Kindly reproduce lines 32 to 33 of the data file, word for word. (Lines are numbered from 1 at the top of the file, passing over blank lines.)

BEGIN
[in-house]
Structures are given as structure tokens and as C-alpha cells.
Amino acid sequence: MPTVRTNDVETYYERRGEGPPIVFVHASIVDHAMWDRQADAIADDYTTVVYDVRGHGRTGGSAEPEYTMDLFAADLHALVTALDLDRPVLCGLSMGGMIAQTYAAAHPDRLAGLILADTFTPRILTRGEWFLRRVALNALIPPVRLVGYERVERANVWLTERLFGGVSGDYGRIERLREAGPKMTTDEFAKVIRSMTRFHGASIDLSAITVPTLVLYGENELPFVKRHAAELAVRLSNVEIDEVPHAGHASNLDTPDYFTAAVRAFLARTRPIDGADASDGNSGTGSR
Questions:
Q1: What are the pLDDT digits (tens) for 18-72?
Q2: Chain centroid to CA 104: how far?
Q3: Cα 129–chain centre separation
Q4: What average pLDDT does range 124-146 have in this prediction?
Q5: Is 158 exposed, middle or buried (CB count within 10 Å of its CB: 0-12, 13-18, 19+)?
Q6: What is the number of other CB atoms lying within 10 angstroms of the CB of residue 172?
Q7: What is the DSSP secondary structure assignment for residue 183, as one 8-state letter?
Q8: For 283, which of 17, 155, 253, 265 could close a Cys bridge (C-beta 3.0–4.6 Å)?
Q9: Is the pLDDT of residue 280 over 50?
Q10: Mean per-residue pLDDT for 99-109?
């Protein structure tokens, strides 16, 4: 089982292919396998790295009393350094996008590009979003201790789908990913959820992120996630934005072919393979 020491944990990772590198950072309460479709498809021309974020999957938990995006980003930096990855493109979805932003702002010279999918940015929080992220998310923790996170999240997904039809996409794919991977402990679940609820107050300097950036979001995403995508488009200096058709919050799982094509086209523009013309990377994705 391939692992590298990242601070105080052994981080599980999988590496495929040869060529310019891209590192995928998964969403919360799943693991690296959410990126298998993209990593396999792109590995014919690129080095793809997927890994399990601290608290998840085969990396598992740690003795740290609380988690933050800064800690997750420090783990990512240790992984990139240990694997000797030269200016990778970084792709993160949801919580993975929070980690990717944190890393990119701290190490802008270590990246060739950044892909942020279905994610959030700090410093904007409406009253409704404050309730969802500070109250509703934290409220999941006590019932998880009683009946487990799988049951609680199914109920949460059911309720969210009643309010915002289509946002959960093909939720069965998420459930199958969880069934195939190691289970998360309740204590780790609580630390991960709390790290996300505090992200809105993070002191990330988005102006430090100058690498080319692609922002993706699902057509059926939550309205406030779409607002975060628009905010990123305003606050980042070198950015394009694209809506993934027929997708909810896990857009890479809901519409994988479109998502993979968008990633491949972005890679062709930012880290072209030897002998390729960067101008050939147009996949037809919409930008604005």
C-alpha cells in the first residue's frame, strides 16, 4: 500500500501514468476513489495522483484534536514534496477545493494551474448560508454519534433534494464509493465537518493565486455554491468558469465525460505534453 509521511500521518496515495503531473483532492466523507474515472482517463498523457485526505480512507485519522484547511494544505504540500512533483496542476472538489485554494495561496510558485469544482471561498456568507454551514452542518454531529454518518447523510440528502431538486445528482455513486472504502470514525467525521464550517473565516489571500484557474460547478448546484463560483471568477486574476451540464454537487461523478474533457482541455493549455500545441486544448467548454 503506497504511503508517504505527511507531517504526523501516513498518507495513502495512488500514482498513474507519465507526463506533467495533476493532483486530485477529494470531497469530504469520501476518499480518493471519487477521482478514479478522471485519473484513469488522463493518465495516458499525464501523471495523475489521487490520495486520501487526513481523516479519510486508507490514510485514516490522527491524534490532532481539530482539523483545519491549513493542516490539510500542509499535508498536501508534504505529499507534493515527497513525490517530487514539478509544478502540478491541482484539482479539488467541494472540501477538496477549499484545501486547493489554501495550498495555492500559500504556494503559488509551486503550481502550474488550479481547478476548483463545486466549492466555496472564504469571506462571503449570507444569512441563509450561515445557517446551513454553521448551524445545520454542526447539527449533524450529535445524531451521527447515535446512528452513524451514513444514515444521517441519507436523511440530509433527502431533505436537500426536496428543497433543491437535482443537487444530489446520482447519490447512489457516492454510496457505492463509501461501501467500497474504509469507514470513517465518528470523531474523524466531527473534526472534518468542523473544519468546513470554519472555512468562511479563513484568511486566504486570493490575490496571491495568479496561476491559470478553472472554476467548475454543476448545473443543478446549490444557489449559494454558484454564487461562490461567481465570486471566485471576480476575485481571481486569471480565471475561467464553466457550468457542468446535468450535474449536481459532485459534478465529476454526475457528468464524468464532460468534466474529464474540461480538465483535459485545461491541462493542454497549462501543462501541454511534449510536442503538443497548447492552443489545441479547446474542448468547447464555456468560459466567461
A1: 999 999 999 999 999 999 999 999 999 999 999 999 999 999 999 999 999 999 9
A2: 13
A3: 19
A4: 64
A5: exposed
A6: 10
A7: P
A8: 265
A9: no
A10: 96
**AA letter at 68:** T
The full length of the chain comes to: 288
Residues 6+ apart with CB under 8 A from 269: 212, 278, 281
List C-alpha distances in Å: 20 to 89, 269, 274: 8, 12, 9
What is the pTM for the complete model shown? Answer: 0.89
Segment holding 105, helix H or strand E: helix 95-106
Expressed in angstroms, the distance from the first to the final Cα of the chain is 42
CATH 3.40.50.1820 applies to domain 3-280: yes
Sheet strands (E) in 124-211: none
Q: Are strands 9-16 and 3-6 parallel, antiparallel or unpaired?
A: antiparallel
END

Segment holding 105, helix H or strand E: helix 95-106
Expressed in angstroms, the distance from the first to the final Cα of the chain is 42